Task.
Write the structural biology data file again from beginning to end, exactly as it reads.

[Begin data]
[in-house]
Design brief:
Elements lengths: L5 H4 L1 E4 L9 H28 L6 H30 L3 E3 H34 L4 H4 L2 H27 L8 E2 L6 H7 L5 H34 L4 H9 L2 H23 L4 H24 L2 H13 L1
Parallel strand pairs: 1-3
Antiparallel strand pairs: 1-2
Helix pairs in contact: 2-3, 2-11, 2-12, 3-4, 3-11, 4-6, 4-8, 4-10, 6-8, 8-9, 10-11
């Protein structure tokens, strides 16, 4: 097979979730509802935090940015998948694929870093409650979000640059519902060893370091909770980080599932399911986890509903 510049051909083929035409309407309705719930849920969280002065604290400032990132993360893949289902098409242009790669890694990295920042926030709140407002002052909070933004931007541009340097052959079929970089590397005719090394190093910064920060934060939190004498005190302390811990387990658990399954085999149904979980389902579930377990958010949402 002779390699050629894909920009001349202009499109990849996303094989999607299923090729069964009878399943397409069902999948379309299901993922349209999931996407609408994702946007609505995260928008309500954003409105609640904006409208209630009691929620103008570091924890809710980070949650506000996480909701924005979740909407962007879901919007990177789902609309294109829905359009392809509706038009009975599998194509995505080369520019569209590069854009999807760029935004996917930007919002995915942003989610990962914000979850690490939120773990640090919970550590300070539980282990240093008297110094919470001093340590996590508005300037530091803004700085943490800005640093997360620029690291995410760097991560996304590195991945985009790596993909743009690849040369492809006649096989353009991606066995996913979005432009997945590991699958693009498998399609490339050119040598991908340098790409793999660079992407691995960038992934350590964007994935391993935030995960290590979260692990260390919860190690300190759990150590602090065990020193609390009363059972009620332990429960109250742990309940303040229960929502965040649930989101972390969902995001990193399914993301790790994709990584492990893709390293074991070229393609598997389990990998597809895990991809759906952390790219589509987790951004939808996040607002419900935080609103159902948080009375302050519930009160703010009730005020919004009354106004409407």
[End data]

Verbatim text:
[in-house]
Design brief:
Elements lengths: L5 H4 L1 E4 L9 H28 L6 H30 L3 E3 H34 L4 H4 L2 H27 L8 E2 L6 H7 L5 H34 L4 H9 L2 H23 L4 H24 L2 H13 L1
Parallel strand pairs: 1-3
Antiparallel strand pairs: 1-2
Helix pairs in contact: 2-3, 2-11, 2-12, 3-4, 3-11, 4-6, 4-8, 4-10, 6-8, 8-9, 10-11
């Protein structure tokens, strides 16, 4: 097979979730509802935090940015998948694929870093409650979000640059519902060893370091909770980080599932399911986890509903 510049051909083929035409309407309705719930849920969280002065604290400032990132993360893949289902098409242009790669890694990295920042926030709140407002002052909070933004931007541009340097052959079929970089590397005719090394190093910064920060934060939190004498005190302390811990387990658990399954085999149904979980389902579930377990958010949402 002779390699050629894909920009001349202009499109990849996303094989999607299923090729069964009878399943397409069902999948379309299901993922349209999931996407609408994702946007609505995260928008309500954003409105609640904006409208209630009691929620103008570091924890809710980070949650506000996480909701924005979740909407962007879901919007990177789902609309294109829905359009392809509706038009009975599998194509995505080369520019569209590069854009999807760029935004996917930007919002995915942003989610990962914000979850690490939120773990640090919970550590300070539980282990240093008297110094919470001093340590996590508005300037530091803004700085943490800005640093997360620029690291995410760097991560996304590195991945985009790596993909743009690849040369492809006649096989353009991606066995996913979005432009997945590991699958693009498998399609490339050119040598991908340098790409793999660079992407691995960038992934350590964007994935391993935030995960290590979260692990260390919860190690300190759990150590602090065990020193609390009363059972009620332990429960109250742990309940303040229960929502965040649930989101972390969902995001990193399914993301790790994709990584492990893709390293074991070229393609598997389990990998597809895990991809759906952390790219589509987790951004939808996040607002419900935080609103159902948080009375302050519930009160703010009730005020919004009354106004409407």